BYU student Lauren Olsen was feeling discouraged after months of being the only woman at BYU Pre-Dental Club activities.
“On several occasions when asked about my career plans, I shared that I’m planning on becoming a dentist. The boys would reply, ‘Oh, you mean, you want to be a dental hygienist?’” Olsen said. “I’d laugh and say, ‘No, a dentist — just like you.'”
Olsen said she was shocked at what she saw at an American Student Dental Association leadership conference in Chicago compared to the adversity she faced in pursing dentistry as a woman.
“I walked into the conference of over 600 dental students, a group representing all 66 dental schools in the U.S., and quickly noticed that there were more girls present than boys,” Olsen said. “And these weren’t just any girls. They were really cool, really beautiful and really bright girls.”
A 2016 poll by the Henry J. Kaiser Family Foundation found only 5 percent of the 1,862 practicing dentists in Utah are female and only 29 percent of 196,402 practicing dentists nationwide are female.
However, “the number of women dentists entering the profession has grown considerably,” according to The American Dental Association.
Olsen said her time at the conference made her realize women can have successful careers in dentistry.
“That experience got me thinking about the reasons why girls at BYU don’t go into dentistry,” Olsen said. “It’s almost like people here don’t even realize that it’s in the realm of possibility.”
Alejandra Garcia, who recently graduated as a dental hygienist and is coming back to BYU to become a dentist, said she had similar feelings of discouragement as one of the only women studying dentistry at BYU.
Garcia said she was filled with self-doubt when people would question how she could be a working woman and a mother, especially since she didn’t have any other women to turn to who understood what she was going through.
“When I told people I was going into dental school, I would get asked things like, ‘What if you get married and want to have kids?'” Garcia said. “And I would reply with, ‘Then I will get married and have kids and be a dentist.'”
Club member Kendra Law said she wanted to join the BYU Women in Dentisry Club in order to find a good support system amidst the judgmental comments she has received.
“As LDS women with goals of having careers in the dental field, we are often judged or ridiculed,” Law said. “People tell us that we should be wives, mothers and homemakers, rather than spending our time working or going through school.”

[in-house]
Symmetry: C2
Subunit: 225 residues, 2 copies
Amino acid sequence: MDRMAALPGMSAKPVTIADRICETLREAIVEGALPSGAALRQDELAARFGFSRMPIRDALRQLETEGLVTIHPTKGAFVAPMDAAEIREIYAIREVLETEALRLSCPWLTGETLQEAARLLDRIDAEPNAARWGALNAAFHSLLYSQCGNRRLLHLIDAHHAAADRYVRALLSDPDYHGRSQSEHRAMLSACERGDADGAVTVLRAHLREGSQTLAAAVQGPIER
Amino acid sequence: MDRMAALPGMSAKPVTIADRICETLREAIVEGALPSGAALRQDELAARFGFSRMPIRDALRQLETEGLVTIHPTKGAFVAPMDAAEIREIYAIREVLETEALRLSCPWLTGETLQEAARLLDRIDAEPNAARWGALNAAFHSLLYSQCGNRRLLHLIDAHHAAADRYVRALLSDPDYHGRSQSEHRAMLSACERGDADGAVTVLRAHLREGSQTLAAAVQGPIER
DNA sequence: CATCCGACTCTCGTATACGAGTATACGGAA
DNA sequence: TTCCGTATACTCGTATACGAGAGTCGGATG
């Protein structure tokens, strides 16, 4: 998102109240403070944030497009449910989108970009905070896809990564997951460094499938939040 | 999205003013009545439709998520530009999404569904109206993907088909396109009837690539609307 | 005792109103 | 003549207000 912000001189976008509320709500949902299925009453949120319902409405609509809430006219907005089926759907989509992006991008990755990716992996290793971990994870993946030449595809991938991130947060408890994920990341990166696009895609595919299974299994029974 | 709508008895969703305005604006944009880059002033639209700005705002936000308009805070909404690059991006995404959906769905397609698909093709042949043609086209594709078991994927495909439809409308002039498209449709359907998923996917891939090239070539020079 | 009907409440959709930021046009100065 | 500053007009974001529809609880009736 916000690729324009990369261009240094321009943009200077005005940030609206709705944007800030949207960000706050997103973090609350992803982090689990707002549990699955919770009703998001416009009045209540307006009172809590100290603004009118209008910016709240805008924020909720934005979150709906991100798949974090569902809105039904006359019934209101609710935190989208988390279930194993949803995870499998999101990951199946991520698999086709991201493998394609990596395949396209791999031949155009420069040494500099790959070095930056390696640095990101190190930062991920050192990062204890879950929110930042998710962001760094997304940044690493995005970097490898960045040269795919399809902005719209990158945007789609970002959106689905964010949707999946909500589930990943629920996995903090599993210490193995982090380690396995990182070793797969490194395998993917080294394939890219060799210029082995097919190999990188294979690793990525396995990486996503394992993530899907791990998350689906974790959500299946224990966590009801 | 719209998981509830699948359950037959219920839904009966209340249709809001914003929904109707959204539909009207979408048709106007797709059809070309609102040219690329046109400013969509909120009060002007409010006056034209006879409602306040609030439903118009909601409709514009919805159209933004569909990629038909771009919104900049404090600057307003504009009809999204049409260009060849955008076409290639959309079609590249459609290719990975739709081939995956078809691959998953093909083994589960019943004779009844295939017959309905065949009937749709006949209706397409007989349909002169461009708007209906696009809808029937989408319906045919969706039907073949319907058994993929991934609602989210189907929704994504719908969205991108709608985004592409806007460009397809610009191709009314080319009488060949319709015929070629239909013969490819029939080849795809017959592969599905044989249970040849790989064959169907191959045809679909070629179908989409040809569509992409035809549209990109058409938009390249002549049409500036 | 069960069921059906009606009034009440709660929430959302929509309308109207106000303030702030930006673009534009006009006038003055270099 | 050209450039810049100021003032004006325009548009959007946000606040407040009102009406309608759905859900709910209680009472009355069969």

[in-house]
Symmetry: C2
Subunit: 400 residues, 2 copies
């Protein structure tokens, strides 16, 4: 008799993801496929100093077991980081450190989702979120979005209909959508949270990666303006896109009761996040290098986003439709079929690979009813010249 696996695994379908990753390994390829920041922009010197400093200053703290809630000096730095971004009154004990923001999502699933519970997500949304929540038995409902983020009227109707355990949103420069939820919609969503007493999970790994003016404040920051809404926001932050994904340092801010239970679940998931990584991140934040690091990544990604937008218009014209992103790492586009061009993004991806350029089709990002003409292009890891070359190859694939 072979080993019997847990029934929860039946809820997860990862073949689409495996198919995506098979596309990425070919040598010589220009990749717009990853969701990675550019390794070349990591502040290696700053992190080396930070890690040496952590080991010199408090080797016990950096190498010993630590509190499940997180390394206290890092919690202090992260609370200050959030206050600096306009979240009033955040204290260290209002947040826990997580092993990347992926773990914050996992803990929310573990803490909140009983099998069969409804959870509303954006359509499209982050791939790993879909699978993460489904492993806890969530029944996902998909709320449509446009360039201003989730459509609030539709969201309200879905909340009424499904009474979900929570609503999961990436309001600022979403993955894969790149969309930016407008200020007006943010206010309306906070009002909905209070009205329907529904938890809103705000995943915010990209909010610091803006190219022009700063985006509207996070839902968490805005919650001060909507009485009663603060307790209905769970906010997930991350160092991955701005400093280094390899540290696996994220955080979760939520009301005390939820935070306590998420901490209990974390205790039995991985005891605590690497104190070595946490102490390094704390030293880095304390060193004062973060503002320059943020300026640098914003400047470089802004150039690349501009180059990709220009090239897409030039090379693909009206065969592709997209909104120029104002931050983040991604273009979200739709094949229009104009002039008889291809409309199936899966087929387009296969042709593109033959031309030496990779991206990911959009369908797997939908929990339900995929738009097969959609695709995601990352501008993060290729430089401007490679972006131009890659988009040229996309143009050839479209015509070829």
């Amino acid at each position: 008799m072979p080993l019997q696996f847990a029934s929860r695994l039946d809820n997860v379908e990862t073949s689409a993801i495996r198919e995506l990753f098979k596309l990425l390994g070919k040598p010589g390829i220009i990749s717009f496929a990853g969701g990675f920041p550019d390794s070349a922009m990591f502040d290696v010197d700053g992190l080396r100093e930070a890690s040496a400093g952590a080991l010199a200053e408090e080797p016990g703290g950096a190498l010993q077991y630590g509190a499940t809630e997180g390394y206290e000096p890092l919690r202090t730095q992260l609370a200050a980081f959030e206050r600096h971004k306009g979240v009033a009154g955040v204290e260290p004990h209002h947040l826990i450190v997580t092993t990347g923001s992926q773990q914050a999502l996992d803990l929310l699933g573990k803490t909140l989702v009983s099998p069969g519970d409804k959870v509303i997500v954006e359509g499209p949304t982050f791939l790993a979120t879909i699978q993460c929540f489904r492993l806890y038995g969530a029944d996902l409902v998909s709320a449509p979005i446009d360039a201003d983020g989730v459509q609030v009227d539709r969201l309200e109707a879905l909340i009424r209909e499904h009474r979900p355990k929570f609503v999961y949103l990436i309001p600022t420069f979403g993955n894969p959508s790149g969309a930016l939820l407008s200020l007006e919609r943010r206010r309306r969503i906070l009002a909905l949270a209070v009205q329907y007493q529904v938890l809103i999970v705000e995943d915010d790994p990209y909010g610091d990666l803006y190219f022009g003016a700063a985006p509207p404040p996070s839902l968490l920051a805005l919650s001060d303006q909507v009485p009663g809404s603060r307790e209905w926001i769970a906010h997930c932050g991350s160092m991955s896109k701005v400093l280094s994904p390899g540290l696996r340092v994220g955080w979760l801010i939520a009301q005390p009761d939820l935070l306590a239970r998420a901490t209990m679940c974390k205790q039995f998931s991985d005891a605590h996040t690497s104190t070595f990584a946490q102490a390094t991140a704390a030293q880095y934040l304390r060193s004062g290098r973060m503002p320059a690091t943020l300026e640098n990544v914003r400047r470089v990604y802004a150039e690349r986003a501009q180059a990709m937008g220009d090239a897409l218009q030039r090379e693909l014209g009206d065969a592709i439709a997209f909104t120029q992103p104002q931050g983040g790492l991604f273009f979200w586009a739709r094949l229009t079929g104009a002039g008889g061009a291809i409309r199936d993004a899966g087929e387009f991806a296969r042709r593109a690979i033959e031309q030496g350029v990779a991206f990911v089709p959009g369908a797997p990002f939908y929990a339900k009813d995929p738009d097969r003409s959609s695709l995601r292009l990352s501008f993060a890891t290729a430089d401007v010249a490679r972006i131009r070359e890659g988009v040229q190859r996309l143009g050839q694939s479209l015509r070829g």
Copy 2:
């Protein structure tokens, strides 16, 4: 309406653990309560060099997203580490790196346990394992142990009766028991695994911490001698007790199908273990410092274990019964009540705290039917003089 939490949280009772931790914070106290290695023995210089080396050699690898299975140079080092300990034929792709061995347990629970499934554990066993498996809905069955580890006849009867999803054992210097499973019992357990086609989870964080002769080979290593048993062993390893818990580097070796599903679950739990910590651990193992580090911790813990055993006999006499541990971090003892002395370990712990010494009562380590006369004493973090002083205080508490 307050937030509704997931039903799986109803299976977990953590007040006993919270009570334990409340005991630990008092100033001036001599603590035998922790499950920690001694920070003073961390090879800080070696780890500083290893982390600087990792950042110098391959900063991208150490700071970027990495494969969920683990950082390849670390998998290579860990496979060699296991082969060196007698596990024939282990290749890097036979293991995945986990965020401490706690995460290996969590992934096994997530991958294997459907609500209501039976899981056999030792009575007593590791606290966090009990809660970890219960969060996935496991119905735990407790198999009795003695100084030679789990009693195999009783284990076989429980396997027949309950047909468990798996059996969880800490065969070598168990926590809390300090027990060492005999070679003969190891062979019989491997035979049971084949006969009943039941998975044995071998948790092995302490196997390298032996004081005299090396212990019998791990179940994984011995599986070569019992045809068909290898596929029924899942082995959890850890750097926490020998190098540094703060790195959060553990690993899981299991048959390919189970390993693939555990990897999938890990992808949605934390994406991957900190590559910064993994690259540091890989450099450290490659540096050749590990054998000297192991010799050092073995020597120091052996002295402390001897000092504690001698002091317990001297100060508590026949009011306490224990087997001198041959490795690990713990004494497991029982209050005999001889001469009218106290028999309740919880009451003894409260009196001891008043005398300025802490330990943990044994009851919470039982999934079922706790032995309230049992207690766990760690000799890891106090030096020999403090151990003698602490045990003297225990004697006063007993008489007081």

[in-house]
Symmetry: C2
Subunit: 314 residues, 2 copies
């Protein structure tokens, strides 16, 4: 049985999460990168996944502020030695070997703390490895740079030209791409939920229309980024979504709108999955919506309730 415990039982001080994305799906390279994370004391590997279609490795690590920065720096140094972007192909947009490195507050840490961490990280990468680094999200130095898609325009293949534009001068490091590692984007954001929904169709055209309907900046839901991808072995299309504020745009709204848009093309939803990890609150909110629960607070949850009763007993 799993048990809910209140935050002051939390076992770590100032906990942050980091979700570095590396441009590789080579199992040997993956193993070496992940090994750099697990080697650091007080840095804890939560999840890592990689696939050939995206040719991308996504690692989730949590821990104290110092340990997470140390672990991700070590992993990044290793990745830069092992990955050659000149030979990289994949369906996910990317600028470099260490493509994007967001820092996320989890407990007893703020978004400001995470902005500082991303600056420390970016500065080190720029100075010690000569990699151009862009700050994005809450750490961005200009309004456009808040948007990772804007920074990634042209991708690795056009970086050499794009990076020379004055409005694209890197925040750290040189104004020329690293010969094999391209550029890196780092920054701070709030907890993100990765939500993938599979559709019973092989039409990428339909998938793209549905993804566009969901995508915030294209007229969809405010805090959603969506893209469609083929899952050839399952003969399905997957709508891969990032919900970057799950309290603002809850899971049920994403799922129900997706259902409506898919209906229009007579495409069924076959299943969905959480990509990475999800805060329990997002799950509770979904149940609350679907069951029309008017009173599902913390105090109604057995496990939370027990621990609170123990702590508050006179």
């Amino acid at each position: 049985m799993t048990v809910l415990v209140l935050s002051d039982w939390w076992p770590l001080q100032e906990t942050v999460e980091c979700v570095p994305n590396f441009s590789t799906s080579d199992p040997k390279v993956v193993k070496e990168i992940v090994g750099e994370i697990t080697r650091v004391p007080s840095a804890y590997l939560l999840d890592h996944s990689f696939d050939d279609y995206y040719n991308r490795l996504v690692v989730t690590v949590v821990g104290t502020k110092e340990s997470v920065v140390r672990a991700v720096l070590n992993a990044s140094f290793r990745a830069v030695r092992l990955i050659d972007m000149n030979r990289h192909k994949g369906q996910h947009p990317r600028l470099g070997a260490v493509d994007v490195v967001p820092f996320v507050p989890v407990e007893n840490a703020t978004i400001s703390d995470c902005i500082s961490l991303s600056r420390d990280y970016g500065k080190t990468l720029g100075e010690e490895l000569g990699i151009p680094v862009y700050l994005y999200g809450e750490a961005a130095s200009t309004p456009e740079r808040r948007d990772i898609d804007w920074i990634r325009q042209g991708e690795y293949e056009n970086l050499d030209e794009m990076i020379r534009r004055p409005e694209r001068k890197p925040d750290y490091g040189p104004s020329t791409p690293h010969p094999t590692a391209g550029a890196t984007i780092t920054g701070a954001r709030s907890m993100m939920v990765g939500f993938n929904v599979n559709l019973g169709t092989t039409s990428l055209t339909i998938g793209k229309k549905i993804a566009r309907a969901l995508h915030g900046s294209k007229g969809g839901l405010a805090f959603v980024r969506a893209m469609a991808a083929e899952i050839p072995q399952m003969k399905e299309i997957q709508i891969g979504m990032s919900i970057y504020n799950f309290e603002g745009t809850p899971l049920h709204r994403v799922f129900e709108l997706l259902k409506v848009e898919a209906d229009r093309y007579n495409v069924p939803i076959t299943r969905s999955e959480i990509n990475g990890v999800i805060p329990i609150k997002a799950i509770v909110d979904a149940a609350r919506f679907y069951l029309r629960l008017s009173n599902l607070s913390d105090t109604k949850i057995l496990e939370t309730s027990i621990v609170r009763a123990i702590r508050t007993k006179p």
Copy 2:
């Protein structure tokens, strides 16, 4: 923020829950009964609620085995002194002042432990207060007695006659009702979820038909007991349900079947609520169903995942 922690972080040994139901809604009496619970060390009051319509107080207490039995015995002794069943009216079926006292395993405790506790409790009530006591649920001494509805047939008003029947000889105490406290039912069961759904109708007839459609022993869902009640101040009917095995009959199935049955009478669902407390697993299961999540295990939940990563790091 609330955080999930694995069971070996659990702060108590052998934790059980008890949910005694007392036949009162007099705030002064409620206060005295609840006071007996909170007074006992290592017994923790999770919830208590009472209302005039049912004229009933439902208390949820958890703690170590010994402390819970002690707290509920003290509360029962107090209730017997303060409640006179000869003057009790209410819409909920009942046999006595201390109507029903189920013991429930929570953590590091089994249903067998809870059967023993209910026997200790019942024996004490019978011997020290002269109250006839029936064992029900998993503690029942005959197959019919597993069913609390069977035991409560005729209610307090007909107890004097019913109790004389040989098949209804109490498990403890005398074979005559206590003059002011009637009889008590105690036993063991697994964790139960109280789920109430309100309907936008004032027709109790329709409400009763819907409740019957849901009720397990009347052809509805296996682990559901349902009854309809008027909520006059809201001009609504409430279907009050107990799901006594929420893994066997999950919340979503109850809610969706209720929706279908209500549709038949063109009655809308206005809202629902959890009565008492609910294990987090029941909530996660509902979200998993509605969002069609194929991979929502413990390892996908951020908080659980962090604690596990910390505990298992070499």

Club Vice President Tessa Hadley said many BYU female students may feel discouraged trying to balance career and family goals.
“We feel that there is so much motivation and potential present within the female student body here at BYU, but sometimes they lack the confidence, support or encouragement needed to pursue such aspiring goals,” Hadley said.
One of the main focuses of the club is to create a space where female students can understand what it’s like to be a mom, a dentist and a Latter-day Saint at the same time, Hadley said. She said another focus of the club is creating a network of female mentors, locally and nationwide.
Over the past few months, Olsen said the club has been building a network of female LDS dentists and dental hygienists, many of whom are former BYU students.
“They’ve shown me that it is 100 percent possible to balance motherhood, discipleship and dentistry, and have helped me feel so much more confident in my choice to pursue dentistry,” Olsen said. “I’ve never felt more right about a path, and I’m so excited to help others find out if dentistry is right for them, too.”
The BYU Women in Dentistry Club currently has 12 members.
The club has plans to interview 30 women in dentistry this summer in order to build a mentoring network that stretches across the country. They plan to partner with Allied Health, Women in Science and Female Physicians of America.
“We’ll first publish these interviews on the internet, and hopefully, someday, into a book,” Olsen said. “We’ll interview them about how they chose dentistry and how it’s impacted their life in an attempt to better understand the field and implications of the choice to work in the dental field.”
Olsen said she is excited to have the club to show more women at BYU that dentistry is the dream career for “girls who want to be able to make cookies with their kiddos after school and still have a career that enables them to help and serve thousands.”
Anyone who may be interested in joining can visit the BYU Women in Dentistry Facebook page or email firstname.lastname@example.org.